Brea-Olinda Oil Field
The Brea-Olinda Oil Field is a large oil field in northern Orange County and Los Angeles County, California, along the southern edge of the Puente Hills, about four miles (6 km) northeast of Fullerton, and adjacent to the city of Brea. Discovered in 1880, the field is the sixteenth largest in California by cumulative production, and was the first of California's largest 50 oil fields to be found. It has produced over 412 million barrels of oil in the 130 years since it was first drilled, and retains approximately 19 million barrels in reserve recoverable with current technology. As of the beginning of 2009, 475 wells remained active on the field, operated by several independent oil companies, including Linn Energy, BreitBurn Energy Partners L.P., Cooper & Brain, and Thompson Energy.
The Brea-Olinda field occupies a long, narrow band along and south of the Whittier Fault Zone, which forms the southern boundary of the Puente/Chino Hills in the inland Los Angeles Basin. It is approximately six miles long overall, with a maximum width of about a mile, running from northwest to southeast, and covering approximately 2,000 acres (8.1 km2). Other oil fields continue in both directions from the Brea-Olinda field along the fault zone, including the Sansinena field to the northwest, followed by the Whittier Oil Field, and the Yorba Linda and Esperanza fields to the southeast. Dense urban and suburban development covers the area south and southwest of the Brea-Olinda field; to the north and northeast, the hills are relatively undeveloped. Elevations on the oil field range from approximately 400 feet (120 m) on the valley floor in the town of Brea, to over 1,400 feet (430 m) in the Puente Hills immediately north of the Los Angeles County line. Carbon Canyon Regional Park is adjacent to the field on the east, as is Chino Hills State Park; the Firestone Boy Scout Reservation occupies a large area in the hills northeast of the main productive area of the field. Lambert Road in Brea, California State Route 142, follows the south edge of the field for much of its length, and the 57 Freeway cuts across it from south to north.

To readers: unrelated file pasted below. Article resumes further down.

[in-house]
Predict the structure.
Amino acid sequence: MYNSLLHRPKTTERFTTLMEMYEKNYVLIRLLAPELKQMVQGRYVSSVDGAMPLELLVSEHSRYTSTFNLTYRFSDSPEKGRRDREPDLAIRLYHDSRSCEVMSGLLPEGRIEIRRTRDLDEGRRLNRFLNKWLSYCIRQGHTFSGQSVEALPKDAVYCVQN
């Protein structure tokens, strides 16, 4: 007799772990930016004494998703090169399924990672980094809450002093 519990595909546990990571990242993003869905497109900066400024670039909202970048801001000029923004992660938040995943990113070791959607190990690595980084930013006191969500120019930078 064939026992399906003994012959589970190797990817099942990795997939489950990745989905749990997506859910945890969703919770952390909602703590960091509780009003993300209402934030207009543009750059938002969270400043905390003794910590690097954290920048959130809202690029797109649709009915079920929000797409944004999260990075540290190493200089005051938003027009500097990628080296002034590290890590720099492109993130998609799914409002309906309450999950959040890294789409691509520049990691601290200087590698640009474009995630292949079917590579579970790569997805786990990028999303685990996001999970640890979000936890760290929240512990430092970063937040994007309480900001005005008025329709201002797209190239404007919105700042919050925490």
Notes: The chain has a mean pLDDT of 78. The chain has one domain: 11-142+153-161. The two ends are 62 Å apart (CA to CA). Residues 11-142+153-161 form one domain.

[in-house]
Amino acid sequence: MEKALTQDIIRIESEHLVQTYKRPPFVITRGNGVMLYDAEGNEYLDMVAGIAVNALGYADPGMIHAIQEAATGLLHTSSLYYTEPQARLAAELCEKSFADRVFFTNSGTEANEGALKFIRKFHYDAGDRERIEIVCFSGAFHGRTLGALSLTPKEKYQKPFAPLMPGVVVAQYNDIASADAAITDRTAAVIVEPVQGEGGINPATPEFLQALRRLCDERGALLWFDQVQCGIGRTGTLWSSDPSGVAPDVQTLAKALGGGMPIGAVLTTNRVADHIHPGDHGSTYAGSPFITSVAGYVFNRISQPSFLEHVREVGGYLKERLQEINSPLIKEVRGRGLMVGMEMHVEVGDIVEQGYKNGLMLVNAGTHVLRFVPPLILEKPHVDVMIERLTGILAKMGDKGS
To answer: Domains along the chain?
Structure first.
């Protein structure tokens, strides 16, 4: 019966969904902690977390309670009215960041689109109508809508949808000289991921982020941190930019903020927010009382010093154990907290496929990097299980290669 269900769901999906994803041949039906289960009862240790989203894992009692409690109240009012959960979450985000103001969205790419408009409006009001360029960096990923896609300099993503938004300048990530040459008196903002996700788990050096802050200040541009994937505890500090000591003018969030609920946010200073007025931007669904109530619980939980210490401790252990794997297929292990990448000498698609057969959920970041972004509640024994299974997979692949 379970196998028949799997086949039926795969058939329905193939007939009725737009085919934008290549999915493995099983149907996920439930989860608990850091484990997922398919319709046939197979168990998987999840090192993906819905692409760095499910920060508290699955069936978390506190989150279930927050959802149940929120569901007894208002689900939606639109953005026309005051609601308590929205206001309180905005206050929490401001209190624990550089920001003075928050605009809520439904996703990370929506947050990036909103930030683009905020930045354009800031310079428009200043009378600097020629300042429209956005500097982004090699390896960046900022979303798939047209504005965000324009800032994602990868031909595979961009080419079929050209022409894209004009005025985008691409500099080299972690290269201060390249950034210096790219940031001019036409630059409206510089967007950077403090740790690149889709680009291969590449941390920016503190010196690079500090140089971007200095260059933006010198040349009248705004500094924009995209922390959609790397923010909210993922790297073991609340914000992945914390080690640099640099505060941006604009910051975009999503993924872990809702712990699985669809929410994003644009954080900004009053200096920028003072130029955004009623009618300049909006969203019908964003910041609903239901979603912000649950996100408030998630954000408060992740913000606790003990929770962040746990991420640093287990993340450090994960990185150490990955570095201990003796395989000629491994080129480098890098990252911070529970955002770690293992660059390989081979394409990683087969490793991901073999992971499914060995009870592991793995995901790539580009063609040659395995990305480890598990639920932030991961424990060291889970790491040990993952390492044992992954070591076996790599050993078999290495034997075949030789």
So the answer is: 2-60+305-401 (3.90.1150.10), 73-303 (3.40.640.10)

Native vegetation in the hills includes coastal sage scrub, grasslands, oak/walnut woodland, and various riparian habitats. Climate is Mediterranean, with warm summers and cool, moist winters. Runoff from the field is to the south and southwest, either down Carbon Canyon to the Santa Ana River, or southwest down various drainages to the San Gabriel River. Wildfires are a frequent occurrence in the summer and autumn; the point of origin of the Landfill Fire, part of the 2008 Freeway Complex Fire, was on the eastern portion of the field owned by BreitBurn Energy near the landfill.
In general, the oil field consists of a series of steeply dipping sedimentary beds ending at the Whittier Fault Zone, specifically at the Tonner Fault. Oil has traveled upward from its source rocks within various permeable units, usually ending at the fault when it reaches an impermeable rock type positioned there by motion along the fault. These petroleum-containing formations are themselves broken apart by faults perpendicular to the main Whittier Fault Zone, and each has different characteristics. Occasionally the petroleum-containing formations pinch out within impermeable units prior to reaching the fault. Dips within the section along the fault zone range from 45 to 90 degrees. Tar seeps at the surface – the petroleum signature that alerted early prospectors to the presence of an oil field in the area – exist where oil has found a pathway to the surface either within a permeable unit, or in the broken rock along a fault.